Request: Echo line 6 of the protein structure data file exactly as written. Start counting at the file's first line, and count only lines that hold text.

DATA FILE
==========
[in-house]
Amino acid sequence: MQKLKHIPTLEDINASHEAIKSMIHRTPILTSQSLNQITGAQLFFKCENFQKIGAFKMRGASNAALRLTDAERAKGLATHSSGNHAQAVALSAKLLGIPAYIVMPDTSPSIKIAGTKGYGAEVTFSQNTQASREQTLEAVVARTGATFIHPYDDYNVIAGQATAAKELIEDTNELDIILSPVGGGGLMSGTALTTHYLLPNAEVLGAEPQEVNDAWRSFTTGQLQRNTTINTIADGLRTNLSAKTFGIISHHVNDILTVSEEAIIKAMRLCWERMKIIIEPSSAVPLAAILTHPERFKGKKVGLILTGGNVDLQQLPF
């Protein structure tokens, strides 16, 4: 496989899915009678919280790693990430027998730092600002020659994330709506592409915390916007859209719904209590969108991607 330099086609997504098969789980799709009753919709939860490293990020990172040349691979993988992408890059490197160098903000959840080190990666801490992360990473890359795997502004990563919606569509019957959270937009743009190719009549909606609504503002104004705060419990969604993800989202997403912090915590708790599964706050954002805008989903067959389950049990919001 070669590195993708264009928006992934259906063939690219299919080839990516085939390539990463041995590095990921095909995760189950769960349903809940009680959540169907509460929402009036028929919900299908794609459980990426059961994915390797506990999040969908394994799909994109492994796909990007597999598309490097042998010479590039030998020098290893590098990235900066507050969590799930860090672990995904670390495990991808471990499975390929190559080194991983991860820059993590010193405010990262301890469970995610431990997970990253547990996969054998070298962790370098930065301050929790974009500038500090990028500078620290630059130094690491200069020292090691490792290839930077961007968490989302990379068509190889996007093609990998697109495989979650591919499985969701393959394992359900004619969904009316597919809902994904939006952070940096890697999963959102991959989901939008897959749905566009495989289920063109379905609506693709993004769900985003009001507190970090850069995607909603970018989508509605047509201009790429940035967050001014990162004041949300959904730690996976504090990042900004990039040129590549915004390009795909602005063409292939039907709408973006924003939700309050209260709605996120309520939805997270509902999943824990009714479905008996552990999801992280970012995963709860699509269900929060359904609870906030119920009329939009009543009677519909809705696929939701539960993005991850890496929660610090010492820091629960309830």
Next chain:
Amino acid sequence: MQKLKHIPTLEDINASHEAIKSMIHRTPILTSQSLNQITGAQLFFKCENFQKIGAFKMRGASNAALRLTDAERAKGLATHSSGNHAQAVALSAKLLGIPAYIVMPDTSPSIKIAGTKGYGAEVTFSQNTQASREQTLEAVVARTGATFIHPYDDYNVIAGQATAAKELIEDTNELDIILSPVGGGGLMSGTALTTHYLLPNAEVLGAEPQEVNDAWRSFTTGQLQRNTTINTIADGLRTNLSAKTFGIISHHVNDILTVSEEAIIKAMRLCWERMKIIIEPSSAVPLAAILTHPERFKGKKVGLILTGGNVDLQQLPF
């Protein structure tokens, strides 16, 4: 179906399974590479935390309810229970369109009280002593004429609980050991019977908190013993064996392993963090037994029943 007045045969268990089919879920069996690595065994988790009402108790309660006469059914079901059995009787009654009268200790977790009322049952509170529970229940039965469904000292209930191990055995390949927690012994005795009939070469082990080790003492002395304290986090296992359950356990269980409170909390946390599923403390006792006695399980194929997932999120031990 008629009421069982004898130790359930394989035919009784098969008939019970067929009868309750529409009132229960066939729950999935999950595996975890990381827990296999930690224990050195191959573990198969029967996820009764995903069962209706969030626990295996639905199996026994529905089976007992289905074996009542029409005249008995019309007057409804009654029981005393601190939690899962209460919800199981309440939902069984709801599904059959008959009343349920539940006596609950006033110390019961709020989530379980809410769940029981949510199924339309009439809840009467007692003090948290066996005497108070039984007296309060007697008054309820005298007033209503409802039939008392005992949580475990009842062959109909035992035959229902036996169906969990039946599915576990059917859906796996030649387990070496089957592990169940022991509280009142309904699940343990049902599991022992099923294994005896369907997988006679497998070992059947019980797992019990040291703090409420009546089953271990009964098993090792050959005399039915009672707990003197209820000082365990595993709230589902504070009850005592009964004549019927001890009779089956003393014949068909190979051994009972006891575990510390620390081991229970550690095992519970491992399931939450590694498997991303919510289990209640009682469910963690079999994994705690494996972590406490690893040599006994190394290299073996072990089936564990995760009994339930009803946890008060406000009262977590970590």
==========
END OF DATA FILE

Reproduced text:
């Protein structure tokens, strides 16, 4: 179906399974590479935390309810229970369109009280002593004429609980050991019977908190013993064996392993963090037994029943 007045045969268990089919879920069996690595065994988790009402108790309660006469059914079901059995009787009654009268200790977790009322049952509170529970229940039965469904000292209930191990055995390949927690012994005795009939070469082990080790003492002395304290986090296992359950356990269980409170909390946390599923403390006792006695399980194929997932999120031990 008629009421069982004898130790359930394989035919009784098969008939019970067929009868309750529409009132229960066939729950999935999950595996975890990381827990296999930690224990050195191959573990198969029967996820009764995903069962209706969030626990295996639905199996026994529905089976007992289905074996009542029409005249008995019309007057409804009654029981005393601190939690899962209460919800199981309440939902069984709801599904059959008959009343349920539940006596609950006033110390019961709020989530379980809410769940029981949510199924339309009439809840009467007692003090948290066996005497108070039984007296309060007697008054309820005298007033209503409802039939008392005992949580475990009842062959109909035992035959229902036996169906969990039946599915576990059917859906796996030649387990070496089957592990169940022991509280009142309904699940343990049902599991022992099923294994005896369907997988006679497998070992059947019980797992019990040291703090409420009546089953271990009964098993090792050959005399039915009672707990003197209820000082365990595993709230589902504070009850005592009964004549019927001890009779089956003393014949068909190979051994009972006891575990510390620390081991229970550690095992519970491992399931939450590694498997991303919510289990209640009682469910963690079999994994705690494996972590406490690893040599006994190394290299073996072990089936564990995760009994339930009803946890008060406000009262977590970590």